Sunday, December 16, 2007

Christmas Traditions




I'm in a very strange mood today, might have something to do with it being my oldest brothers' birthday today, but alas he died 2 years ago. And possibly the fact that I have another birthday just around the corner myself, on New Year's Day actually, I'm suddenly feeling very "old" . So sing Auld Lang Syne then think of me.

I've started thinking about traditions and celebrations, especially Christmas ones, and so thought I'd share a few of our family's. Growing up in western Sydney meant that Christmas time involved travelling to the North shore to visit one set of relatives, then the inner Southern suburbs to visit the other side. This was often done on the same day, and if we happened to be on the Northside at night time, we'd detour through the city to visit the major Department store Christmas windows, at Mark Foys and David Jones in Sydney for those who remember them. They were usually animated, well clockwork in the early days, and brightly decorated and lit. You'd see many youngsters in their pyjamas standing with noses pressed up to the glass to catch a glimpse of Santa and the elves in the workshop, and the traditional and Disney stories all laid out and beautifully dressed. I think I decided one year that I wanted to be a window dresser when I grew up, so I could do those windows each year!!

When my own children started to come along, we started our own traditions. These included inviting the paternal grandparents and sister to sleep over on Christmas Eve. After a sumptuous dinner we'd all sit down to watch the televised Carols by Candlelight, then the kids would be bundelled off to bed. We'd all wait with baited breath to make sure they were asleep so we could play Santa and put all the presents under the tree. Of course SIL made it worse by buying knitted Christmas stockings, which stretched A LOT, requiring beach balls (blown up of course) and lots of large plastic bath toys and such to fill them. Even today the now adult kids insist on the stockings being draped over their wrapped gifts under the tree.

As they all grew up and the magic of a childs' Christmas dimmed a little, we still kept the traditional Christmas Eve, but sometimes work committments meant they couldn't come to dinner, or they got invited to their partner's family for a meal. When my MIL died suddenly, it just didn't feel the same and the meal got simpler, although we still sat up to watch the Carols. This year we might go to the neighbourhood church Carols by Glow Stick (doesn't sound the same does it!) which is only a short walk away, if the weather is kind. A new tradition in the making.

The other great traditions in our family include Christmas breakfast, which has long been warm butter croissants with jam and cream, orange juice and Champagne. Now the adult kids will drop everything to come along to this event, LOL, and we have been known to wait for a latecomer before starting on Christmas morning. A few years ago we started lighting up the house too, with many power boards and extension leads required to fit all the sets in. With only one young person living at home at the moment, we haven't put up lights this year, but I have put out my santa figurine collection, see photo.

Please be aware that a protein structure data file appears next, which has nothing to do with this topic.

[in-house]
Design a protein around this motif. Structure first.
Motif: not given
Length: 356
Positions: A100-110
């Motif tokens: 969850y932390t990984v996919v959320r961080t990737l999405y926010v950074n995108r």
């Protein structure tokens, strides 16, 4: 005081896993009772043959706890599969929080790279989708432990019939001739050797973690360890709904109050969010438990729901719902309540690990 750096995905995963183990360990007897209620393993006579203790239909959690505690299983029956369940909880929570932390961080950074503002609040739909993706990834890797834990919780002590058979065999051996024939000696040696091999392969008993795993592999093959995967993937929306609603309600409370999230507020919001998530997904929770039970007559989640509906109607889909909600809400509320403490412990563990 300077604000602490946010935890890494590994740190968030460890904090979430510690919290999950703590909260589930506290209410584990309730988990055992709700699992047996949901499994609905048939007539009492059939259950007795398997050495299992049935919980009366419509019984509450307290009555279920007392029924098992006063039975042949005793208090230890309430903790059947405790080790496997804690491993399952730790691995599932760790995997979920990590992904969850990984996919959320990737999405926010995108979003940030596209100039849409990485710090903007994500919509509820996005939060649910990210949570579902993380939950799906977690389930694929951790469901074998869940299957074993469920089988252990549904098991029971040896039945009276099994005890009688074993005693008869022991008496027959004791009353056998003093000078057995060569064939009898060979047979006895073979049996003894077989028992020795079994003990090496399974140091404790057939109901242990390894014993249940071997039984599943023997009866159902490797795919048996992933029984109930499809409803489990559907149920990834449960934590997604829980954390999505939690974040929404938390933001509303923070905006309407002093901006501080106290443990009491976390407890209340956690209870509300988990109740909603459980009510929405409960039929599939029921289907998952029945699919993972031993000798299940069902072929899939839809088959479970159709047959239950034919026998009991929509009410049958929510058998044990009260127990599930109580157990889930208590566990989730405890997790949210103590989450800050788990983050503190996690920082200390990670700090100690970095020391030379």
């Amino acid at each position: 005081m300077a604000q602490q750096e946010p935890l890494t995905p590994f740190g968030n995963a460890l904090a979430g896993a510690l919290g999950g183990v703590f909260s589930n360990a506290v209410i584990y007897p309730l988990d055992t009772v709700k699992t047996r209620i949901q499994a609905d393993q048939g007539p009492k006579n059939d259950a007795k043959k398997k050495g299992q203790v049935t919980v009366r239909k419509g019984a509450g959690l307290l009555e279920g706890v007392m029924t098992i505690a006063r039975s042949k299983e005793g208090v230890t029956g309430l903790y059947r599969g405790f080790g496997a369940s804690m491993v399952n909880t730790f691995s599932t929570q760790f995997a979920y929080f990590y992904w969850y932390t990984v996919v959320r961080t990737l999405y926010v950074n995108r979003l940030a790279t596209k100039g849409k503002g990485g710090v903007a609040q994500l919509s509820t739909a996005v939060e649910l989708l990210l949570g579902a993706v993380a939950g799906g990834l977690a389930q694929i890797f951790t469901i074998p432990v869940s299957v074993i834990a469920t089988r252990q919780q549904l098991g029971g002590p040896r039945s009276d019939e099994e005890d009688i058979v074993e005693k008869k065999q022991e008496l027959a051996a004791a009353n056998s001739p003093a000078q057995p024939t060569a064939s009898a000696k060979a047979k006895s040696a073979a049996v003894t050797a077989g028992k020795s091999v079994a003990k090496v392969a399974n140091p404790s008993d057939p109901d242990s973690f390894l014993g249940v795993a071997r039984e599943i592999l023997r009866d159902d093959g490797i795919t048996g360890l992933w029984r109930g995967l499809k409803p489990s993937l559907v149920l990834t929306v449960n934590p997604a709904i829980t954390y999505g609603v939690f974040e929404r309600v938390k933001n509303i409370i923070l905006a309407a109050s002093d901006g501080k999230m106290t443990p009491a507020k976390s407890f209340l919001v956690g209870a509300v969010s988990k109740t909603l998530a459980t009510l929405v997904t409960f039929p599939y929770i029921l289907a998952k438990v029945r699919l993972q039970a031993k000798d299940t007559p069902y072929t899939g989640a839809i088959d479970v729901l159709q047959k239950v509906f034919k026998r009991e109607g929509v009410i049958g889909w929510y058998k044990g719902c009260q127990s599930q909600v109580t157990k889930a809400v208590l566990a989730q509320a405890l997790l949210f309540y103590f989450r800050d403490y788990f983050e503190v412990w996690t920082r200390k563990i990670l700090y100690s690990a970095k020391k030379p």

There is one more that I'll mention before finishing this post. My kids were fortunate to grow up in a lower middle class neighbourhood, with the same kids going to Primary and High School with them and staying friends. One family lost their Mum suddenly a few years ago, and she had helped them with a silly Knock and Run Christmas trick we call The BOG. Not really sure what it stands for, not sure I want to know, LOL, but it has been a great source of silliness and fun over the years. We have done some really bizarre things in the name of The BOG, including filling a life size Santa Suit with air filled balloons and putting him on a garden chair on their front door step. One year they sent a music book of Christmas Carols with BOG inserted in the appropriate places in all the lyrics. We had Santa Snow all over our front garden at 4 a.m. one year, we almost caught them in the act! Last year one of the girls was overseas, and it seemed a shame not to BOG, but no-one really felt like it. Well, 2 nights ago I put the cat out, and we'd been BOGGED. Now to think up a diabolical revenge.. you can imagine how this will pan out, can't you... back and forth, when you least expect it, right up till Christmas morning. Stay tuned, I'll post my BOG in due course, after it's been done of course, in case they read my blog!!

2 comments:

paulahewitt said...

I enjoyed reading about your Christmas tradtions. I grew up in Kiama and every Christmas we travelled to Wollongong and waited and waited for our cousins to travel down from Sydney! I like youe Christmas eve dinner - We have a similar dinner, but just us and the children (all young)- a chance to have a roast while it is relatively cool (LOL) -but also we thought it could be the one thing they will all come home for when they are older.

Christine said...

Yes Paula, Christmas Eve is a chance to catch your breath before the BIG DAY, but in the past I sometimes had to duck into my sewing studio to finish up one last gift or garment for a client before Christmas, LOL. These days I have a bit more sense, LOL, but I do miss the days of the little kids' excitement. One day grandchildren perhaps....
Christine.